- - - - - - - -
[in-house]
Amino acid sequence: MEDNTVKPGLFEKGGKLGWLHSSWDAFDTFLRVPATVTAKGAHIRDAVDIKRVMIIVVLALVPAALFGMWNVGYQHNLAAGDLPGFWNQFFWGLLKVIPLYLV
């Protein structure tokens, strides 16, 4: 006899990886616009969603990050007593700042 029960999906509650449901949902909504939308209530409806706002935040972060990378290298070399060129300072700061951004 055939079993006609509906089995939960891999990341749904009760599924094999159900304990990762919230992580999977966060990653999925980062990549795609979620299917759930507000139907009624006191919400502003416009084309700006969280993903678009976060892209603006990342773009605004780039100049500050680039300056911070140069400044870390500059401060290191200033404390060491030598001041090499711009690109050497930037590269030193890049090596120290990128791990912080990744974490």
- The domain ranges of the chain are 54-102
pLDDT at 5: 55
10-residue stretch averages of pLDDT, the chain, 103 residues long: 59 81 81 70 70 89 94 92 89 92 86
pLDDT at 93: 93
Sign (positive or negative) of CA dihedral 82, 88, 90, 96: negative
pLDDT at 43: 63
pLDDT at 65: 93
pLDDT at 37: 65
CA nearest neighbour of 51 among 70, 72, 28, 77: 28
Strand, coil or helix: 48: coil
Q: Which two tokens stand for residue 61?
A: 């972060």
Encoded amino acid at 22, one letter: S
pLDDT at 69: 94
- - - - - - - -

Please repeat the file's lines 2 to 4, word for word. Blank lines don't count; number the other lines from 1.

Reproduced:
Amino acid sequence: MEDNTVKPGLFEKGGKLGWLHSSWDAFDTFLRVPATVTAKGAHIRDAVDIKRVMIIVVLALVPAALFGMWNVGYQHNLAAGDLPGFWNQFFWGLLKVIPLYLV
């Protein structure tokens, strides 16, 4: 006899990886616009969603990050007593700042 029960999906509650449901949902909504939308209530409806706002935040972060990378290298070399060129300072700061951004 055939079993006609509906089995939960891999990341749904009760599924094999159900304990990762919230992580999977966060990653999925980062990549795609979620299917759930507000139907009624006191919400502003416009084309700006969280993903678009976060892209603006990342773009605004780039100049500050680039300056911070140069400044870390500059401060290191200033404390060491030598001041090499711009690109050497930037590269030193890049090596120290990128791990912080990744974490």
- The domain ranges of the chain are 54-102